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Drumbeat for prosecutions intensifies after CIA torture report

Calls for accountability are growing louder following the release Tuesday of a damning Senate report about the CIA's “brutal” interrogation techniques.
Holding cells are seen in the now closed Camp X-Ray which was the first detention facility to hold enemy combatants at the U.S. Naval Station on June 27, 2013 in Guantanamo Bay, Cuba. (Photo by Joe Raedle/Getty)
Holding cells are seen in the now closed Camp X-Ray which was the first detention facility to hold 'enemy combatants' at the U.S. Naval Station on June 27, 2013 in Guantanamo Bay, Cuba.

Calls for accountability are growing louder following the release Tuesday of a damning Senate report about the Central Intelligence Agency’s “brutal” interrogation techniques in the years following Sept. 11, 2001.

The United Nations, human rights groups, and now, a U.S. lawmaker have all urged President Obama to take action against those in the previous administration who perpetrated, authorized, or otherwise facilitated acts of torture against prisoners held at CIA detention sites.

Approximately 600 pages of the committee’s findings offer an unprecedented level of detail about the CIA’s tactics, which included sleep deprivation, confinement, rectal feeding, and waterboarding, among others. In one instance, the report found, a prisoner died of apparent hypothermia at a secret detention site named “Cobalt,” after being left naked overnight, chained to a cold concrete floor. The junior officer who had been placed in charge of Cobalt -- despite having “no relevant experience,” according to the report -- was later given a $2,500 cash bonus for his “consistently superior work.”

RELATED: The 10 most disturbing revelations in the CIA torture report

The full report is 6,700 pages long, and rights advocates are pressing for more to be declassified, including the identities of CIA operatives engaged in such acts.

“Why aren’t their real names being used?” asked Andrea Prasow, deputy Washington director at Human Rights Watch, on msnbc Wednesday. “These are people who should be indicted for their criminal activity. They shouldn’t have their identities protected.”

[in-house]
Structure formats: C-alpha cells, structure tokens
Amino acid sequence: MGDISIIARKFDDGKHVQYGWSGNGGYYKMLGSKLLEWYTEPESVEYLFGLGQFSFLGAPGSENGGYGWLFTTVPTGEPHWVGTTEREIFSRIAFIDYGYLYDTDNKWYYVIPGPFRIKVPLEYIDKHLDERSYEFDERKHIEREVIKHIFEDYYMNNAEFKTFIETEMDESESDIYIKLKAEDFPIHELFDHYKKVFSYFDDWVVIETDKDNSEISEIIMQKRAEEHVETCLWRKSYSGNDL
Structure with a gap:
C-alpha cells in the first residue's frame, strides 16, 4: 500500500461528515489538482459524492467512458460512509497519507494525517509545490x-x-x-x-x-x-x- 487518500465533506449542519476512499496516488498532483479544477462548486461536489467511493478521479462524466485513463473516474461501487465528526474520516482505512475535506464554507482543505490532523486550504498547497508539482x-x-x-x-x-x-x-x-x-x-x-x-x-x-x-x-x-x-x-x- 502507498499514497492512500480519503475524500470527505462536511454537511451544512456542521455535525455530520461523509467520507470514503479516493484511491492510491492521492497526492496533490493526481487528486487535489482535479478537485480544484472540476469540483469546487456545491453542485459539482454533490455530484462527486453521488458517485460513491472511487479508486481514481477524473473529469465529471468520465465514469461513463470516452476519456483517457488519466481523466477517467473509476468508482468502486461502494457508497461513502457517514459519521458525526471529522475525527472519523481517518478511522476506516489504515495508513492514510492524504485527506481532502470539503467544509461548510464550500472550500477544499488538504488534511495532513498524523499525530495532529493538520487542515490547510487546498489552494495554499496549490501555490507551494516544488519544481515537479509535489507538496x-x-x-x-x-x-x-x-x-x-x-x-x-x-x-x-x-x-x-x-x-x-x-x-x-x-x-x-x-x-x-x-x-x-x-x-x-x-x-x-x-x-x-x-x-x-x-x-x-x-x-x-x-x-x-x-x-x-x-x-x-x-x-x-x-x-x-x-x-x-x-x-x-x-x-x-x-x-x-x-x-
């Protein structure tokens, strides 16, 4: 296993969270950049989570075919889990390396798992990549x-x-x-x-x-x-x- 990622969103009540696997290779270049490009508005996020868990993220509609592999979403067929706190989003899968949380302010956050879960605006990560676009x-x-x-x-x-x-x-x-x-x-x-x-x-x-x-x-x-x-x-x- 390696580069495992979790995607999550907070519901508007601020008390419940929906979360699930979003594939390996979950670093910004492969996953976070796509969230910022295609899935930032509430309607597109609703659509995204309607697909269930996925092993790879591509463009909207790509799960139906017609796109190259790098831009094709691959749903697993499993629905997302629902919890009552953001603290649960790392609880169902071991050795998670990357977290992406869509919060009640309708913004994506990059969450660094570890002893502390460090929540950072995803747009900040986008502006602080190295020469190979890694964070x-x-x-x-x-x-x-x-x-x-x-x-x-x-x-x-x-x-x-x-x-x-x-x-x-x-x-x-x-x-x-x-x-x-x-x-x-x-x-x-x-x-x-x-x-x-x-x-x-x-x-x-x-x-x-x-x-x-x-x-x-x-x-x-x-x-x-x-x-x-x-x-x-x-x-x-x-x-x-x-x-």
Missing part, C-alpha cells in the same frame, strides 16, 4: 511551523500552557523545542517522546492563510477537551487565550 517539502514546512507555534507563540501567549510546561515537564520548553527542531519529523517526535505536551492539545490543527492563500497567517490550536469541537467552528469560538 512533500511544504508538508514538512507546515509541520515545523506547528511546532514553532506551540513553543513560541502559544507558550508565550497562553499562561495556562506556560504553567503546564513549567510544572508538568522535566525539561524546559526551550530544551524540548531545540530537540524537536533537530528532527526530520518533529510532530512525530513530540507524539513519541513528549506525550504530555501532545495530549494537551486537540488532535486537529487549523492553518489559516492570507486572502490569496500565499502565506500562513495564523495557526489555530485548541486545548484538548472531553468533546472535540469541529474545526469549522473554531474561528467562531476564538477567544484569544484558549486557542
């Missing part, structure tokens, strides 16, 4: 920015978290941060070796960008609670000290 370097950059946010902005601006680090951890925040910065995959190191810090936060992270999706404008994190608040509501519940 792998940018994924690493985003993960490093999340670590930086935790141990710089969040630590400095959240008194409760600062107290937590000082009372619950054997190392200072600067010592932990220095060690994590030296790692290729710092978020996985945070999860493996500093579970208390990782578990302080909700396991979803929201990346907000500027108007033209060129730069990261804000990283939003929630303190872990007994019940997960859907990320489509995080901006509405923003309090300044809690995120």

Her remarks echo those of Ben Emmerson, the U.N. special rapporteur on counter terrorism and human rights, who called the CIA’s interrogation program a “criminal conspiracy” in a statement Tuesday, one that must yield “criminal penalties commensurate with the gravity of [the] crimes.” The American Civil Liberties Union and Amnesty International have made similar calls for a thorough investigation.

But President Obama said in a statement following the Senate report’s release that he saw no reason to “re-fight old arguments.” He also expressed sympathy for former President Bush and his team, saying that they faced “agonizing choices” in the wake of Sept. 11. In an interview with msnbc’s Joy Reid Tuesday, Attorney General Eric Holder followed his boss’ lead and condemned the CIA’s actions not on legal, but on moral ground.

RELATED: "On torture, Obama’s hands aren’t entirely clean"

"I can’t honestly say that crimes were committed,” said Holder. “They might have been ‘legal’ in the strictest sense of the word, but in many ways they were immoral.”

The Justice Department has twice investigated the CIA’s abuse of prisoners, but concluded that there was not enough evidence to secure a viable prosecution. Former CIA detainees claim they were never interviewed as part of a U.S. probe -- something Human Rights Watch now points to as further evidence that Holder should reopen an investigation.

“Attorney General Holder is wrong,” Prasow told msnbc’s Andrew Mitchell. “No lawyer can read that report and not see a clear case of criminal liability for many people up to the highest levels of the former administration.”